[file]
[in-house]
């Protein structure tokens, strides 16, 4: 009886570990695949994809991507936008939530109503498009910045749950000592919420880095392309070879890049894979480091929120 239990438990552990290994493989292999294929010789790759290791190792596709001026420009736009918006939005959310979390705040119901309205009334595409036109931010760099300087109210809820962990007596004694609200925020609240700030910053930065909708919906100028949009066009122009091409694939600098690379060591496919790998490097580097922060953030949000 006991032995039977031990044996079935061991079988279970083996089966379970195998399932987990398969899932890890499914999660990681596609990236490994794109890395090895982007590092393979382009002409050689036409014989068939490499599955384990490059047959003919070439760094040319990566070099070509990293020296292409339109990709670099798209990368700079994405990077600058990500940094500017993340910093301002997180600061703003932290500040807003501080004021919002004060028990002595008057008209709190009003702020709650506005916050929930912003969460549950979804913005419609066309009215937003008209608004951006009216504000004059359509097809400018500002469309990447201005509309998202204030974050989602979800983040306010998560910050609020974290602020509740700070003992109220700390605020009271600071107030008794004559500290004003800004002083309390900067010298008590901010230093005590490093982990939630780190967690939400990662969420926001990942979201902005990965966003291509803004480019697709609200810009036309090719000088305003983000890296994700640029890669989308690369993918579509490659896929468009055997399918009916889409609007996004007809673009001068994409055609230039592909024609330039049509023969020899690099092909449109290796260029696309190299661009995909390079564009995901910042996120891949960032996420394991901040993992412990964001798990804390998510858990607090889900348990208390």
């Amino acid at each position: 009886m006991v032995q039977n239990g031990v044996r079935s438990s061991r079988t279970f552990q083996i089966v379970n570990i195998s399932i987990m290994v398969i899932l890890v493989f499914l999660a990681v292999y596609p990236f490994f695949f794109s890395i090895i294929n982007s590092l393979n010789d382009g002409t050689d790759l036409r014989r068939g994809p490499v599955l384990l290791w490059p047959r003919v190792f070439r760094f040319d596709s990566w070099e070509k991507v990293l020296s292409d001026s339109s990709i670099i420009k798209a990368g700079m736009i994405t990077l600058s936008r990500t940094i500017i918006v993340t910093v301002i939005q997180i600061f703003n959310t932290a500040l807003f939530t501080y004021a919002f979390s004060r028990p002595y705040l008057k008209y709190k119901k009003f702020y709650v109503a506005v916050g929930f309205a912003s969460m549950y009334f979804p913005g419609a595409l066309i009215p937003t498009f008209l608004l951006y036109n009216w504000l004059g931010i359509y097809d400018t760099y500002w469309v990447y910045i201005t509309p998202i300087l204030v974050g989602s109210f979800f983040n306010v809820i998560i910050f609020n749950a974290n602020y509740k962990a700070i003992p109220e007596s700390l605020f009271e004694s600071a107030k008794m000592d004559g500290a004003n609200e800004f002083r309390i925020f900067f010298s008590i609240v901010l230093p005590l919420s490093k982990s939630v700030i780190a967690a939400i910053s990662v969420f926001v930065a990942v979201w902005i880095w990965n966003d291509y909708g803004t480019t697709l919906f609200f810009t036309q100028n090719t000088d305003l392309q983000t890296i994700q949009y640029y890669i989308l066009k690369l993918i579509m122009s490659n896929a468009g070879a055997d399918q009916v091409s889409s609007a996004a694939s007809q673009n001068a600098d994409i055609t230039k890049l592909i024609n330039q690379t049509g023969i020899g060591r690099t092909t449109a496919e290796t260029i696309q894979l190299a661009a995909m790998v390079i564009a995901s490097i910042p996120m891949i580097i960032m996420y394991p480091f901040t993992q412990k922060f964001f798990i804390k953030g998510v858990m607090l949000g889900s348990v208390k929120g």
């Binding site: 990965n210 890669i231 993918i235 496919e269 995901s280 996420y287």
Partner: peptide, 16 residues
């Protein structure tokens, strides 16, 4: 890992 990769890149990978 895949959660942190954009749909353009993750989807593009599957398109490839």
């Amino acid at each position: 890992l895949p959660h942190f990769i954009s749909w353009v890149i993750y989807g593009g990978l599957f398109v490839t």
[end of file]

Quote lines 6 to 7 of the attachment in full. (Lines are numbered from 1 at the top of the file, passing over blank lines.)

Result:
């Protein structure tokens, strides 16, 4: 890992 990769890149990978 895949959660942190954009749909353009993750989807593009599957398109490839």
């Amino acid at each position: 890992l895949p959660h942190f990769i954009s749909w353009v890149i993750y989807g593009g990978l599957f398109v490839t």